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Jewellery & Metal (MA)

Lois Lo

Lois Lo is a jewellery maker based in London. She graduated from Central Saint Martins in Jewellery design, and was awarded the Graduate Prize for Outstanding Design by Annouska, also awarded for Excellence in Non-Precious Metalwork by The Worshipful company of Tin Plate Workers alias Wire Workers company. Lois has been working in experimental formats, exploring material’s potential by physically working with them and testing its limits, and finding unique characteristics in each material. Lois’ work has been based on non-precious metals such as brass and copper, as she believes the designer can change the value of base metals. She hopes to explore other organic material while considering the environmental impacts.  



Metal is the material that connects the earth to the human body as mankind often wear metal as accessories. Material experimentation has always been the main drive for creativity, but do we ever consider the provenance and consequences of using earth’s resources? As a jeweller, we work closely with earth’s materials like metal and gemstones, these finite resources are never to be thought again other than shiny wearables that accessorise our daily lives. 


Through working with natural materials, this work in progress attempts to purvey the importance of sustainably consciousness as an artist, as well as utilising natural materials to create everyday jewellery. Questioning the fine line between mindless creativity and conscious designing. 


This project hopes to explore the idea of minimalist designing and experimental methods to create wearable jewellery. Finding ways to minimise negative effects on the environment by decreasing the use of gas and soldering, as well as creating my own “gemstone” using natural materials. Attempting to create commercially looking jewellery while be aware of global issues. 

Which came first? The Chicken or the egg? — Questioning the relationship between subject <> object <> thing <> matter <> material? The order of importance, the relationship between matters, what comes first; the chicken or the egg?Reading Object Relation Theory by Melanie Klein, emphasises on our biological drives and instincts on objects. What would be my instinct for an egg?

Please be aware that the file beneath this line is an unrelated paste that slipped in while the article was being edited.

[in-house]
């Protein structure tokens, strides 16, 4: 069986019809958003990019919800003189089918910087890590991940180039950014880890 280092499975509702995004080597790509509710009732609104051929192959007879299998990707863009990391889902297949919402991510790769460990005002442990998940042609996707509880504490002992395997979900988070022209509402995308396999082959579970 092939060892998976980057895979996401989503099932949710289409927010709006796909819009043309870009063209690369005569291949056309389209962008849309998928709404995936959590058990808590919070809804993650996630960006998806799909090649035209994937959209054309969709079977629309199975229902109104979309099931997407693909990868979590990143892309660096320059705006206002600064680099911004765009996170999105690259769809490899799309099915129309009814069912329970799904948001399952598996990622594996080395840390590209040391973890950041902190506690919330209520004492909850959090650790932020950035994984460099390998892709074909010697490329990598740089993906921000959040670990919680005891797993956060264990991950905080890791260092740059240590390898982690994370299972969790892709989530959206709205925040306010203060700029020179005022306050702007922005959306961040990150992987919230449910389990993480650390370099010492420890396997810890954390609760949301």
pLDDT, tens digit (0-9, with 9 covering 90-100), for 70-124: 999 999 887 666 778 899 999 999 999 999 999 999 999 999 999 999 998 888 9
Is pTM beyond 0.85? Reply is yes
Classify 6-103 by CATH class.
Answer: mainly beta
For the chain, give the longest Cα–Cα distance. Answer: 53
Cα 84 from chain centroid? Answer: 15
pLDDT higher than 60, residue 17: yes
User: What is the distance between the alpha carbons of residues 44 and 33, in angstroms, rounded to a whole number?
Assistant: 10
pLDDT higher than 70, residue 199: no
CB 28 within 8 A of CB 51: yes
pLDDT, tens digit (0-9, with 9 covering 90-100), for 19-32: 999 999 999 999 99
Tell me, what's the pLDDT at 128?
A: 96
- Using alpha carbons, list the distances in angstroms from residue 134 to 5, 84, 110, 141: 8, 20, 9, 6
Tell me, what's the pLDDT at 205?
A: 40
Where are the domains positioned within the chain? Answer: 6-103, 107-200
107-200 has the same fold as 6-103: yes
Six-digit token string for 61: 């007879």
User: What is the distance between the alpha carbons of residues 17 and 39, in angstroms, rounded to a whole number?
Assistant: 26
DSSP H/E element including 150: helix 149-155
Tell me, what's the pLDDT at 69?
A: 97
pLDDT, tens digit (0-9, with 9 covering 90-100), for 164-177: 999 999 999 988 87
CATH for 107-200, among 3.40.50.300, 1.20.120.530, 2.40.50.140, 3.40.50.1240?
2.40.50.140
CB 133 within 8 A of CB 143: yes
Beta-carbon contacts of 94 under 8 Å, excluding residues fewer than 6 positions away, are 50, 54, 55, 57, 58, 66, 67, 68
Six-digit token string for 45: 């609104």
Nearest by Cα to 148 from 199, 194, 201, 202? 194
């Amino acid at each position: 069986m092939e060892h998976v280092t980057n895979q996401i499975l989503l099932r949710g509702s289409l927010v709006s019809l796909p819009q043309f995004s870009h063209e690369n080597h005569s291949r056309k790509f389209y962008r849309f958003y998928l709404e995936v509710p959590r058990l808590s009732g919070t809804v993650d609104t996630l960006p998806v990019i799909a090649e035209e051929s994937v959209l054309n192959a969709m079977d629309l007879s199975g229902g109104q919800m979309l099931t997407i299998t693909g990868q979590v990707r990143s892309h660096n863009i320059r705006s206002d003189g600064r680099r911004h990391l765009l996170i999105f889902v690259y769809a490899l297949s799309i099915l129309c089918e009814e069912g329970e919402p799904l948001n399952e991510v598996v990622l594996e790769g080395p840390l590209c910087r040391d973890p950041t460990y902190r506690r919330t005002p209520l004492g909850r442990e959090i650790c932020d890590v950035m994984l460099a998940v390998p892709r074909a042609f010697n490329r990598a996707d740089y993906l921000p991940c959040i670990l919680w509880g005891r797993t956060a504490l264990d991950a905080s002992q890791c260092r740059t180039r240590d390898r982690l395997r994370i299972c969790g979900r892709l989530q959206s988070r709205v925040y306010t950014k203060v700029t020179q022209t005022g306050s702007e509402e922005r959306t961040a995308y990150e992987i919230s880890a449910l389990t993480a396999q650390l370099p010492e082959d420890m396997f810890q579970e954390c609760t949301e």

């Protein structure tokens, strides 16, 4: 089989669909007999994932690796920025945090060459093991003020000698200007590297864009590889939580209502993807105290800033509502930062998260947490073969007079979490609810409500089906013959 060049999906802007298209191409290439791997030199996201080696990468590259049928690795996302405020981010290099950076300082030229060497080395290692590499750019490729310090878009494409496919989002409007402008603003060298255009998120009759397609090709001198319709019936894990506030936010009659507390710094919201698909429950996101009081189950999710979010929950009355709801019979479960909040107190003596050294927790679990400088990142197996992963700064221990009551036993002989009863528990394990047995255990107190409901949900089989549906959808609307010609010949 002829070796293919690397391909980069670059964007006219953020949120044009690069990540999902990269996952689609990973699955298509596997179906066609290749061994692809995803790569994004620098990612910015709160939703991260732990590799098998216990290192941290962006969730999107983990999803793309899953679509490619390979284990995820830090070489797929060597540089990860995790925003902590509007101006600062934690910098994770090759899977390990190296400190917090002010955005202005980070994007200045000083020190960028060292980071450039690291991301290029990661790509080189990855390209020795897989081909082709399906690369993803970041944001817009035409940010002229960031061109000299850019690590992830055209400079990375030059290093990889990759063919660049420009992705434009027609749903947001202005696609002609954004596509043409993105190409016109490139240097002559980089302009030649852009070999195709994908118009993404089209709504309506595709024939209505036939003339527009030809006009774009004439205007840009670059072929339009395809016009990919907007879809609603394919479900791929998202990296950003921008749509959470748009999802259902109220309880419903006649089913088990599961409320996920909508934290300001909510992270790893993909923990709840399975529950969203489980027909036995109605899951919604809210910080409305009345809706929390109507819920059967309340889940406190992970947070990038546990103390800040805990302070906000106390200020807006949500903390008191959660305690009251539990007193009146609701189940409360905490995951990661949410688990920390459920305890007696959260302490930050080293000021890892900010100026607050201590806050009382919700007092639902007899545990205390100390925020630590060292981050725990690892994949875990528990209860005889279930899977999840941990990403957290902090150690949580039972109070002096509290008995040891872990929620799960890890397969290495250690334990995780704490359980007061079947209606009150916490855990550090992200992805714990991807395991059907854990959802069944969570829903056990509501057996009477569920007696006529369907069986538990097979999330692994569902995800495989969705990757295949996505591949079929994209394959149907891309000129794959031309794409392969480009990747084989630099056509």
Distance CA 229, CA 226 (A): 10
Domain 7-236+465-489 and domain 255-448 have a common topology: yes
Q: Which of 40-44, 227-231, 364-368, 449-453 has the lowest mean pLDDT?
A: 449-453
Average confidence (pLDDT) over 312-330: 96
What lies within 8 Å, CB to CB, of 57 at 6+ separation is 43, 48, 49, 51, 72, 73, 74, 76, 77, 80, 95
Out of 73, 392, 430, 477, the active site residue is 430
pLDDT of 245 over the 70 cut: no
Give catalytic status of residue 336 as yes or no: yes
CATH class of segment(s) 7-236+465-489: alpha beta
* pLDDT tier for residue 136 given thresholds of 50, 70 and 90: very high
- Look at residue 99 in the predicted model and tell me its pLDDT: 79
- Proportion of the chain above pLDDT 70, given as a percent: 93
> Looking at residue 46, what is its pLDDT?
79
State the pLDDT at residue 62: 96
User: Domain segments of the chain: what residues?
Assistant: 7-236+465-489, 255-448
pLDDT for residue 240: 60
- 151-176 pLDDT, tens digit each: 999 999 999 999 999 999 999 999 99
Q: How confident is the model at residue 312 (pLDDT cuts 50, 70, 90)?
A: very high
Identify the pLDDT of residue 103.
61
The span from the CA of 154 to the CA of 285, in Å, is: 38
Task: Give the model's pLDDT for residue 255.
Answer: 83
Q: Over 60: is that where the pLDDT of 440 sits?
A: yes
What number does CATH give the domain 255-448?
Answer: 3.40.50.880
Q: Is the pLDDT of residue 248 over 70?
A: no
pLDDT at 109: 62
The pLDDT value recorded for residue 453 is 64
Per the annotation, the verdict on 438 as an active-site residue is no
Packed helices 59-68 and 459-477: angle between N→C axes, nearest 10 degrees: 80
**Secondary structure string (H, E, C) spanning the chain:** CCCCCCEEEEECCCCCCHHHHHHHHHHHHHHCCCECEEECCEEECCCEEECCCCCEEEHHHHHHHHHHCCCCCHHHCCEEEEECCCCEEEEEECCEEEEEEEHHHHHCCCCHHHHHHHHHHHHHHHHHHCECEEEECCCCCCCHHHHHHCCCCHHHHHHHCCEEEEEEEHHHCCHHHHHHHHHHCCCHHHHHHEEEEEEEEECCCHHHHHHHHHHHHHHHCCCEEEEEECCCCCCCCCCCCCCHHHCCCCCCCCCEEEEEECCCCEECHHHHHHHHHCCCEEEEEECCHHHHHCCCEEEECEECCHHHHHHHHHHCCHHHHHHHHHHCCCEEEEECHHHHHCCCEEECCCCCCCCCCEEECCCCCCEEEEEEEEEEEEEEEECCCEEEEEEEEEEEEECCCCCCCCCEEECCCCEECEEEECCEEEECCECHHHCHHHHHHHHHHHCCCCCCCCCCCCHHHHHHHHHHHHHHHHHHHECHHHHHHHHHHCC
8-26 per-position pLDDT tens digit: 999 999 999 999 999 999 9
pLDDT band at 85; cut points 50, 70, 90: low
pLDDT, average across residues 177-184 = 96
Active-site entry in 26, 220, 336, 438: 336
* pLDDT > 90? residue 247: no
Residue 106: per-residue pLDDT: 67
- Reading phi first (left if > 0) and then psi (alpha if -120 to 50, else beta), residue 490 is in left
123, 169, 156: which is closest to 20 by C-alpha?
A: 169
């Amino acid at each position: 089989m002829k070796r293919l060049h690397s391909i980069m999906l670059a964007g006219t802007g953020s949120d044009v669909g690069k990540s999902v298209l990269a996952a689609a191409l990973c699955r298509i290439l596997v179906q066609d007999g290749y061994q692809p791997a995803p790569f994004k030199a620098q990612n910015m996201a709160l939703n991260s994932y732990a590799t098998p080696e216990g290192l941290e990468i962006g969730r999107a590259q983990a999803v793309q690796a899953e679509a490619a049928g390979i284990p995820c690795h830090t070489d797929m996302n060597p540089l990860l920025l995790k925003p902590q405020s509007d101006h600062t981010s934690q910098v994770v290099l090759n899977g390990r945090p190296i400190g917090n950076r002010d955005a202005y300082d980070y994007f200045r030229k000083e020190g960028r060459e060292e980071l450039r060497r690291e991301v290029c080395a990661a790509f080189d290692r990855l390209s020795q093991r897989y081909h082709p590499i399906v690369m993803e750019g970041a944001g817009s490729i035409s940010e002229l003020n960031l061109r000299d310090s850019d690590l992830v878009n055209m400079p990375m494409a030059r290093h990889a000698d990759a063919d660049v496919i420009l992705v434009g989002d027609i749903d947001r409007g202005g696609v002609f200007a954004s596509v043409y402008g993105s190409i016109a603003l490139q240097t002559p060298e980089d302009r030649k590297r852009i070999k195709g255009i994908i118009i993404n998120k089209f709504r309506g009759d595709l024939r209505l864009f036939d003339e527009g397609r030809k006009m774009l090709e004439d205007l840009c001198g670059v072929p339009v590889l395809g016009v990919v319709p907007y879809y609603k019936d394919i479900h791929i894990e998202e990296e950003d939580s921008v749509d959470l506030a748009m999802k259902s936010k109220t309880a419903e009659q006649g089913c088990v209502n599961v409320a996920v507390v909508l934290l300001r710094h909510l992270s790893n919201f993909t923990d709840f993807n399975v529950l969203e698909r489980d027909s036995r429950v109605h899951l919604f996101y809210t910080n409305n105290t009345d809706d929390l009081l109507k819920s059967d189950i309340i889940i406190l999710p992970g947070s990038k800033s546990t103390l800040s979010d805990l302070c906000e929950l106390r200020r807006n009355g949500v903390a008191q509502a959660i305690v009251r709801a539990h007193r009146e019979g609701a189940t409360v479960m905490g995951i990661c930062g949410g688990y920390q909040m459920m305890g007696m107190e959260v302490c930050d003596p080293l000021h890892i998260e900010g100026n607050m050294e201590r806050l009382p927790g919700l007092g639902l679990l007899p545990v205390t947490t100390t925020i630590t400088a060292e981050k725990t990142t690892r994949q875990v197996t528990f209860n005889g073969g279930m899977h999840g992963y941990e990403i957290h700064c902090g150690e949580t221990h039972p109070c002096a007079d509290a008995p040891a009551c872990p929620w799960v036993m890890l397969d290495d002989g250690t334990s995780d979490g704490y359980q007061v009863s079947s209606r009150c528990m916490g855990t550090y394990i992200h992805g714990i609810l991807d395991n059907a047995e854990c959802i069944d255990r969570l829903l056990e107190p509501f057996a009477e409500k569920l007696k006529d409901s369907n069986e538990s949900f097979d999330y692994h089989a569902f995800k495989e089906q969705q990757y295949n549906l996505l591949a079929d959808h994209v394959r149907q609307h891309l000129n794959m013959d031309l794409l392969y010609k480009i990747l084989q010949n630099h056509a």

Rolling Egg — My strongest emotion towards an egg ; when the egg is about to roll off the table, my natural instinct was to catch the fragile object while feeling tension in that split moment. I want to portray this emotion of tension and protectiveness over a delicate object in my collection.
Idea Development — Working on the body, finding ways to balance an egg on parts of the body where we have the least amount of control. Minimising the use of material to support the egg, creating the largest emotional compact possible.
Brass Models Tests — To see if the egg would balance on different parts of the body.
Final Pieces
Final Pieces — A range of brass wire pieces that can be worn on the shoulder, wrist to forearm, head, finger and back of the hand while balancing an egg, allowing the wearer to experience the tension as if the egg is about to fall.
Nearly Dropped an Egg! — Wearing the wrist piece, trying to walk without dropping an egg, nearly dropping it at the end.



Reflections // Refractions — Exploring nature’s shiny surfaces.
Research into UK and Personal Consumption — Researching waste and recycling in the UK, estimation of material exhaustion from current rate of consumption, as well as calculating as a jewellery maker, how much pollution I am creating every time I use gas torches.
Museum Research — An extension of research from visiting museums, recording and analysing different methods of setting objects.
In Response to Museum Research — In response to Museum of Brands, how could I enclose gems in unique ways.
Experimentation — Enclosing gemstones with one sheet of metal.
Experimentation — Experimenting with different types of metal, what can a single sheet of material allow me to do without using any external tools and resources.
Measuring Shininess — Investigating natural discarded material and insects alongside refractive index.